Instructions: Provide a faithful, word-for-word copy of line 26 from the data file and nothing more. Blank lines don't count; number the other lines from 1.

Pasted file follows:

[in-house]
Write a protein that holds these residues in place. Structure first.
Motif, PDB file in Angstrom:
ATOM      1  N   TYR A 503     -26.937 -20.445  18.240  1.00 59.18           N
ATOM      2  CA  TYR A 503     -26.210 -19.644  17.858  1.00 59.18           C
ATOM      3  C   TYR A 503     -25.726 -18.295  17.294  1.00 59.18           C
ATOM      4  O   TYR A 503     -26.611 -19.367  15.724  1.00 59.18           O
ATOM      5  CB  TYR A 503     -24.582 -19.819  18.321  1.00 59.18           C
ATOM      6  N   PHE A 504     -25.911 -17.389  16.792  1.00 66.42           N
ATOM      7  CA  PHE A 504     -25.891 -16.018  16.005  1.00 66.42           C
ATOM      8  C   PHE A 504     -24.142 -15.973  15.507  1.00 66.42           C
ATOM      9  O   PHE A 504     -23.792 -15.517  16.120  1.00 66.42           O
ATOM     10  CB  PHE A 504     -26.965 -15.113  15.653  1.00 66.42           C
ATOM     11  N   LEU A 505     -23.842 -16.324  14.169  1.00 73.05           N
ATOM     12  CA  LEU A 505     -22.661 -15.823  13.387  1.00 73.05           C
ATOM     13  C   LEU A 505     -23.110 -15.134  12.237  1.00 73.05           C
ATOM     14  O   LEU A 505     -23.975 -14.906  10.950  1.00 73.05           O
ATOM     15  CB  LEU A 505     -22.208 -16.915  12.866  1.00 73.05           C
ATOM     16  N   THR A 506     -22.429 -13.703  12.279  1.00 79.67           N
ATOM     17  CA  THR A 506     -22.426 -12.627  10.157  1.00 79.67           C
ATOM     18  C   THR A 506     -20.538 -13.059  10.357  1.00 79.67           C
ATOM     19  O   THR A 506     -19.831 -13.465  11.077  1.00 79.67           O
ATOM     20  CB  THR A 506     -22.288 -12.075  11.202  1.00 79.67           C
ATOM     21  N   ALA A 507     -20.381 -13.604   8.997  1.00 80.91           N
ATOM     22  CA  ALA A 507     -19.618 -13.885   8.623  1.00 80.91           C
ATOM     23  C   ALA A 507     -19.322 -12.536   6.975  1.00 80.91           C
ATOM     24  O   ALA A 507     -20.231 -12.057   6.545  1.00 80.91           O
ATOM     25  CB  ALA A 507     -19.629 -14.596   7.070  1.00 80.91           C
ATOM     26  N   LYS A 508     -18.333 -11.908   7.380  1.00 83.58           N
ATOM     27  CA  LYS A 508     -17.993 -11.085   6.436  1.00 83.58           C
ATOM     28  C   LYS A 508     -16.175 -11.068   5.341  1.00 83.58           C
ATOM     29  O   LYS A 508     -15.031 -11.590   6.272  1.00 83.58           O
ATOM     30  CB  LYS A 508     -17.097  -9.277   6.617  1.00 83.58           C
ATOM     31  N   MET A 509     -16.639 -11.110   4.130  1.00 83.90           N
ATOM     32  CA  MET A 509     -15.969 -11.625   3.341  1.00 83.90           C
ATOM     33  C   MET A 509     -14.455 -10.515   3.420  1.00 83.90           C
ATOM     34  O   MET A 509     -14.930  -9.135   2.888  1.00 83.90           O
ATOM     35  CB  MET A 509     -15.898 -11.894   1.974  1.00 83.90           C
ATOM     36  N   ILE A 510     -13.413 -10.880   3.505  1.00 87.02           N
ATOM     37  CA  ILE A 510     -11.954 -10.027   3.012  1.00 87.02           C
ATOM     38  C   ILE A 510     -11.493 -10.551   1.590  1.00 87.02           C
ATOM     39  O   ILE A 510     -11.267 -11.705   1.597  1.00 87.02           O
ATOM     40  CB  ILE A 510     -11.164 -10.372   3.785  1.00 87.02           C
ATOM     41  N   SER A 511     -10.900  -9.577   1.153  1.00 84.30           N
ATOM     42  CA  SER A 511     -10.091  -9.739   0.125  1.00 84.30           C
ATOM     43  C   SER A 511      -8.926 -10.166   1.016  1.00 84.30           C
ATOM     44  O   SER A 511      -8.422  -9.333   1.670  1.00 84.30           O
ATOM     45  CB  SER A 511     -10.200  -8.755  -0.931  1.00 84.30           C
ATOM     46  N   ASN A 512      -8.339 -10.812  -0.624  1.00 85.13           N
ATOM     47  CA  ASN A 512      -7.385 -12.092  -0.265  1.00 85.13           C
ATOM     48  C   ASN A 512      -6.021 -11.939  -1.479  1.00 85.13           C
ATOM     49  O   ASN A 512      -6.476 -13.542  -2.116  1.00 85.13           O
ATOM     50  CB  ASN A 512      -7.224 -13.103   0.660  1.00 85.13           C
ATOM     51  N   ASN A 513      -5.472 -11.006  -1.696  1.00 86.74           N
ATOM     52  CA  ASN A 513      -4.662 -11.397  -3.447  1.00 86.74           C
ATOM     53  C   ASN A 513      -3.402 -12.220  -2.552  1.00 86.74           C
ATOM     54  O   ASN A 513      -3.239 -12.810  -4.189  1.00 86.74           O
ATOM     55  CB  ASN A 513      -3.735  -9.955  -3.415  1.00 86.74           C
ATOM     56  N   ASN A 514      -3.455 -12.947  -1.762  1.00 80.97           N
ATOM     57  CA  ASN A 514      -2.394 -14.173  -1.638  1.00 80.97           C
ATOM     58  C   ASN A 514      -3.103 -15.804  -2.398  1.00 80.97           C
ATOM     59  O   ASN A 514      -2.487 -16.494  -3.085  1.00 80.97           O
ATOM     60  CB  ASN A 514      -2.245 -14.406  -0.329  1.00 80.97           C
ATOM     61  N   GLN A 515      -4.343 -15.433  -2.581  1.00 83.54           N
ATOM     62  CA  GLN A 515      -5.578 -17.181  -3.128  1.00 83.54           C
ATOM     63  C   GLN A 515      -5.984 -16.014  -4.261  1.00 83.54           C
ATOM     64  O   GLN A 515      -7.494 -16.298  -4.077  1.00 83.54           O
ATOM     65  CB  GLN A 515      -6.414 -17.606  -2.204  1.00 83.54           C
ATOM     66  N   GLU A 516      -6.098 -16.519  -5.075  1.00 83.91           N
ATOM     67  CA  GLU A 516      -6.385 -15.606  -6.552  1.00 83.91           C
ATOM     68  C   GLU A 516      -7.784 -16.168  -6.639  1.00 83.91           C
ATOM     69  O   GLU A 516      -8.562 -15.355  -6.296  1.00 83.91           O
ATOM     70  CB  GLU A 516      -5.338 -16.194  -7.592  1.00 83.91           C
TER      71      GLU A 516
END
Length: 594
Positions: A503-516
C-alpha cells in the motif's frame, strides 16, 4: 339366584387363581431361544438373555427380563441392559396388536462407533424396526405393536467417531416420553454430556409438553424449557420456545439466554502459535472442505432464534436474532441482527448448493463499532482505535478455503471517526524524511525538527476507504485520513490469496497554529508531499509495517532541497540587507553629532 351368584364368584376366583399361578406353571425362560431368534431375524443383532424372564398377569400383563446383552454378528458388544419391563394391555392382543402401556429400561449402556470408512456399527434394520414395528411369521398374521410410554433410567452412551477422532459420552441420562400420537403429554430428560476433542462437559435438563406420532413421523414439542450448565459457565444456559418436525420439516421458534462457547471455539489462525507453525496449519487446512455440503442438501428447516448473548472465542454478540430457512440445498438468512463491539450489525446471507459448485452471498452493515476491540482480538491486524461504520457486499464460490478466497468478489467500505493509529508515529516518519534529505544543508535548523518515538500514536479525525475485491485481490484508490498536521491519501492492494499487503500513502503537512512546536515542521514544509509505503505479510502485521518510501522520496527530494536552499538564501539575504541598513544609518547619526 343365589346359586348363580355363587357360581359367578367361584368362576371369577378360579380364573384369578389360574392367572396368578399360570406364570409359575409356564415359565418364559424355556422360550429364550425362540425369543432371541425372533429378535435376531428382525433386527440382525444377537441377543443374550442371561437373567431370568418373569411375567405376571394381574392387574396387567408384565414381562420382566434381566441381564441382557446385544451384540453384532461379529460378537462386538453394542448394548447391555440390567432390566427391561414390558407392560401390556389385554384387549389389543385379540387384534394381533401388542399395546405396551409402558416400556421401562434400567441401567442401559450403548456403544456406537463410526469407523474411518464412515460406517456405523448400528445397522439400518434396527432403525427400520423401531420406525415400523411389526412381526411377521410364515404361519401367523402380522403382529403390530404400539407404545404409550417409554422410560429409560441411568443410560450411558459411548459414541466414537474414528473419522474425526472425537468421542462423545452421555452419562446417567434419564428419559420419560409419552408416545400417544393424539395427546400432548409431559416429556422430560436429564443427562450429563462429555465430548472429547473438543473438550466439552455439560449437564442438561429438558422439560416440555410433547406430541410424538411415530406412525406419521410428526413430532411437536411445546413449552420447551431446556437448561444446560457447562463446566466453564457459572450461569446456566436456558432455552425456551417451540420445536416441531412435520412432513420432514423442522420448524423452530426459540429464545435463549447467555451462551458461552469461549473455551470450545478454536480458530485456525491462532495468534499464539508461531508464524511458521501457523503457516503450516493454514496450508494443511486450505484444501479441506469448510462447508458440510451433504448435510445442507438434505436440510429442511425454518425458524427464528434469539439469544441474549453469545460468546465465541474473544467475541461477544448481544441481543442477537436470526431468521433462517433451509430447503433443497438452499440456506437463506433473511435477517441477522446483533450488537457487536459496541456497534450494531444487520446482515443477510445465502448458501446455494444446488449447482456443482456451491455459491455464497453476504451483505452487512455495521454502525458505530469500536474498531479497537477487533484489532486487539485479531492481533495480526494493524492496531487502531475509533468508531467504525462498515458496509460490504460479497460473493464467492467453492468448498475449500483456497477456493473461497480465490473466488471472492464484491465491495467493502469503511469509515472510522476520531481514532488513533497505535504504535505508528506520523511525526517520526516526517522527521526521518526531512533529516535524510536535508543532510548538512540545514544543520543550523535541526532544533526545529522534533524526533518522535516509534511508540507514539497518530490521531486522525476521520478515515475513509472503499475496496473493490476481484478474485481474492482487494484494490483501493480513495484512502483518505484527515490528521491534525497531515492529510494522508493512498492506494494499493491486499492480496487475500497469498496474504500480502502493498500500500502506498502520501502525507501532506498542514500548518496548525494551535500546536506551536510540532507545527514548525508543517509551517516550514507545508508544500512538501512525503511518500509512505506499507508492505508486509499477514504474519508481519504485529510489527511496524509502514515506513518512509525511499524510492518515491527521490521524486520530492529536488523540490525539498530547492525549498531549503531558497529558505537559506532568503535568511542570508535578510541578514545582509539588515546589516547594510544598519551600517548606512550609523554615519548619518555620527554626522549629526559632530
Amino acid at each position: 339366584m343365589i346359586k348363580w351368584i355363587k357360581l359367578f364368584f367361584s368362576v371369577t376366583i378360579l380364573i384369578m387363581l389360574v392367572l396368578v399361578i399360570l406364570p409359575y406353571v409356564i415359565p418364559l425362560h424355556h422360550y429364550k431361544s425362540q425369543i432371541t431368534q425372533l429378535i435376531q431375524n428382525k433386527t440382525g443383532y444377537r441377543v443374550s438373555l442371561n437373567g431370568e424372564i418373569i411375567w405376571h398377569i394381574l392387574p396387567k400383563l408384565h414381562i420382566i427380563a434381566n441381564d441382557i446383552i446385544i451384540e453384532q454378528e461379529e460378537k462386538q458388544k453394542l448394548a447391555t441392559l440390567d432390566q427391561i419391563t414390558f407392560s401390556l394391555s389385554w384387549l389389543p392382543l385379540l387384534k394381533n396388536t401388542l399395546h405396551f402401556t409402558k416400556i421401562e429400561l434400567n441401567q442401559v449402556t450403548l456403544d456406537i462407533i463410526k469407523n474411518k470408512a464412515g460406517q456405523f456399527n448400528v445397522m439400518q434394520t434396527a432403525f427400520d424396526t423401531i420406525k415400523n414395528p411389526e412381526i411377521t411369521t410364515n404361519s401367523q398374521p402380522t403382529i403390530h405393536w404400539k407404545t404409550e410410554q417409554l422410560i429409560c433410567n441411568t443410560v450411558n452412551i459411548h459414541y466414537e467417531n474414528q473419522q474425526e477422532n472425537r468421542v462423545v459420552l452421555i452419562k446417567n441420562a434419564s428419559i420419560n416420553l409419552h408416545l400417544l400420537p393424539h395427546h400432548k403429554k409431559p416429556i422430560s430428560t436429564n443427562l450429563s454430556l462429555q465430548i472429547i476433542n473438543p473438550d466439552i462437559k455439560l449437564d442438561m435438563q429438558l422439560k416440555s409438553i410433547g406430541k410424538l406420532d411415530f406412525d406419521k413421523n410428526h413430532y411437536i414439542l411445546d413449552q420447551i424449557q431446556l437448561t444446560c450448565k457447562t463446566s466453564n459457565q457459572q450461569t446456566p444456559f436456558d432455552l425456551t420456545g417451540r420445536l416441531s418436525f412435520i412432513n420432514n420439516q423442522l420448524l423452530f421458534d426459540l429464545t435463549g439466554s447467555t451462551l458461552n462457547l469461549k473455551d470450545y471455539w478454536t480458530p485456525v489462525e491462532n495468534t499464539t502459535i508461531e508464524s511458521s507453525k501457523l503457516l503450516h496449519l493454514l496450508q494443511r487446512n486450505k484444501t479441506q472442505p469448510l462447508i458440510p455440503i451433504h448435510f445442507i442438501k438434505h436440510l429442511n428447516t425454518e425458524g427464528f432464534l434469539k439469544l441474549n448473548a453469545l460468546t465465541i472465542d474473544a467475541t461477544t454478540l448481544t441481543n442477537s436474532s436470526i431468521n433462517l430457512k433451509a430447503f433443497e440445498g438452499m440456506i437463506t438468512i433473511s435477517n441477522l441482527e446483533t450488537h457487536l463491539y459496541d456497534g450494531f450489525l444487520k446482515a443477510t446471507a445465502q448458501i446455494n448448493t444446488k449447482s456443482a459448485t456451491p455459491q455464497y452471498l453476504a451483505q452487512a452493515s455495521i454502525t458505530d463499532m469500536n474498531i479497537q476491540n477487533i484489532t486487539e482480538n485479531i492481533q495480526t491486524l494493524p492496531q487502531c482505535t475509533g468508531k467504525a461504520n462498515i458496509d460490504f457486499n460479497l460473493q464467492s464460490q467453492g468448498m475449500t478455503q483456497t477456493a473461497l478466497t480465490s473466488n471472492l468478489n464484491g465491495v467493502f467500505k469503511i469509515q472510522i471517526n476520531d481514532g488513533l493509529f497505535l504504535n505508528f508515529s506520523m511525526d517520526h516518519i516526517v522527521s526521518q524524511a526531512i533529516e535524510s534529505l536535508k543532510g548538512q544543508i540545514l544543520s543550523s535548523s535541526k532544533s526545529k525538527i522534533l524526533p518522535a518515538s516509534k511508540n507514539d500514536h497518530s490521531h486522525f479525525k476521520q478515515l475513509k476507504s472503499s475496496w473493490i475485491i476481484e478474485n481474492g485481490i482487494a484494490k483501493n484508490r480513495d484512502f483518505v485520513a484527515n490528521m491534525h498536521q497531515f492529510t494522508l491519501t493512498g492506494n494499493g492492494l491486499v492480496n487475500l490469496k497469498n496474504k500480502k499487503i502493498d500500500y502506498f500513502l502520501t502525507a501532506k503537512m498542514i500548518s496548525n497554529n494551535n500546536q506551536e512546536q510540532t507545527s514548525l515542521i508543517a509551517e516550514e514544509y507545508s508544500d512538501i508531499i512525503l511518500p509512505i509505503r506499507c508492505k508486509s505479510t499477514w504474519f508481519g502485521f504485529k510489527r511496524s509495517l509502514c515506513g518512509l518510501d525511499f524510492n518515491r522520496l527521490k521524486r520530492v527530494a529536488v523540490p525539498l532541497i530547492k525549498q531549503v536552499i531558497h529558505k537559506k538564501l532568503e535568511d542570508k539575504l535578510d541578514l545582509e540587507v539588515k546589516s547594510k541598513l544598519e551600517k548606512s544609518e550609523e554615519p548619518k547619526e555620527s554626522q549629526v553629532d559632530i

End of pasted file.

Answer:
ATOM     23  C   ALA A 507     -19.322 -12.536   6.975  1.00 80.91           C